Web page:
Paterson clarifies stance on post-Brexit subsidy

Former Defra Secretary Owen Paterson has sought to clarify his stance on agricultural subsidies post-Brexit, following what he described as a misleading article by the Mail on Sunday, reports Alistair Driver.

Mr Paterson confirmed that wants to see ‘food subsidies’ phased out within a few years of our departure from the EU as part a drive towards cheaper food and a much freer global food trading policy.

However, he insisted the agricultural sector should continue to be supported but said payments should entirely be focused on delivering ‘public goods’.

“That was the part the Mail article completely missed out,” Mr Paterson told Farm Business, in reference to the article that quoted him discussing a paper by his UK 2020 think tank on UK Agricultural policy post-Brexit at a private meeting of Conservative MPs.

“In reality we could maintain payments to the agricultural sector at the same levels or higher but the key point is that the funding must be targeted to provide public goods, in particular environmental and conservation work and also preserving the landscape for tourism.”

The UK 2020 paper, published in January, sets out how leaving the EU Customs Union could ‘boost exports and result in lower prices for all consumers’.

The paper estimates this could help deliver a 10% reduction in the cost of food, representing a saving of £8.2 billion per year, or £305 per household.

This policy requires maintaining existing trading agreements which the UK presently enjoys with over 50 countries around the world, and also fostering new ones to open up free trade both ways.

The UK can only pursue this policy as far as food is concerned if it scraps the current subsidy regime, Mr Paterson insisted.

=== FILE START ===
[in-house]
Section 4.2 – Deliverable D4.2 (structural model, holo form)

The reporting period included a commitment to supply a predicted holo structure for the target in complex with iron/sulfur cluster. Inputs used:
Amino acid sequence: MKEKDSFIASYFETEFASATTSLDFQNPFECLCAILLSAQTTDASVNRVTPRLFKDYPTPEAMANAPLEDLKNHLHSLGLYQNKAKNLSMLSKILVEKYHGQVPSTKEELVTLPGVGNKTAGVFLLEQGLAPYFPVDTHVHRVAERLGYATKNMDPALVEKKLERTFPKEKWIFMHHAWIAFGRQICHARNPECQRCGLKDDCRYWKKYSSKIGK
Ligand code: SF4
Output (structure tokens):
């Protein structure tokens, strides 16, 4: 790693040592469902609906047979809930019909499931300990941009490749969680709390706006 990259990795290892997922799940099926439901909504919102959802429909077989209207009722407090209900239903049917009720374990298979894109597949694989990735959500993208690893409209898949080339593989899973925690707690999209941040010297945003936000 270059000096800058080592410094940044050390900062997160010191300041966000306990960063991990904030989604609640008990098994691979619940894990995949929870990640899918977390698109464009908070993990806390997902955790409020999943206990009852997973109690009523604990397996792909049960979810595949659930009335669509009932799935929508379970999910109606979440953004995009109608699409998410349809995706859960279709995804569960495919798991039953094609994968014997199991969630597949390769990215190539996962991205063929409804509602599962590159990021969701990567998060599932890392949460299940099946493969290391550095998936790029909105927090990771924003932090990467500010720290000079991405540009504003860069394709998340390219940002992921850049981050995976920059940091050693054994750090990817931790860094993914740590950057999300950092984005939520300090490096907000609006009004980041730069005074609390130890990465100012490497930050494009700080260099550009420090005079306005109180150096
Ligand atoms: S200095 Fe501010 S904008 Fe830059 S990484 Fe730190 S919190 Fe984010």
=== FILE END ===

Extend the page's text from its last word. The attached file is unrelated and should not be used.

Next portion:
Controversially, the paper says there are ‘clear lessons to be learnt from the approach followed by New Zealand in the 1980s’, where subsidies were slashed overnight, causing significant pain, in the early years at least.

“Relieving farmers of overbearing bureaucracy and allowing them to embrace the latest technologies will encourage food-producing areas to become globally competitive without production subsidies,” the paper said.

Mr Paterson conceded that subsidies could not be removed overnight but suggested a phase-out period of around five years.

He refuted the suggestion that the policy could result in UK farmers being put out of business by cheaper, lower standard imports, insisting Government could negotiate common standards in new trade deals.

However, his advocacy of a cheap food policy will still cause nervousness within the farming industry.

Responding to Mr Paterson’s comments in the Mail article, NFU deputy president Minette Batters said: “There is a lot of hype spoken about New Zealand. It is an entirely different natural environment, and after all the changes they have endured the country has the highest rate of farmer suicides in the world.”

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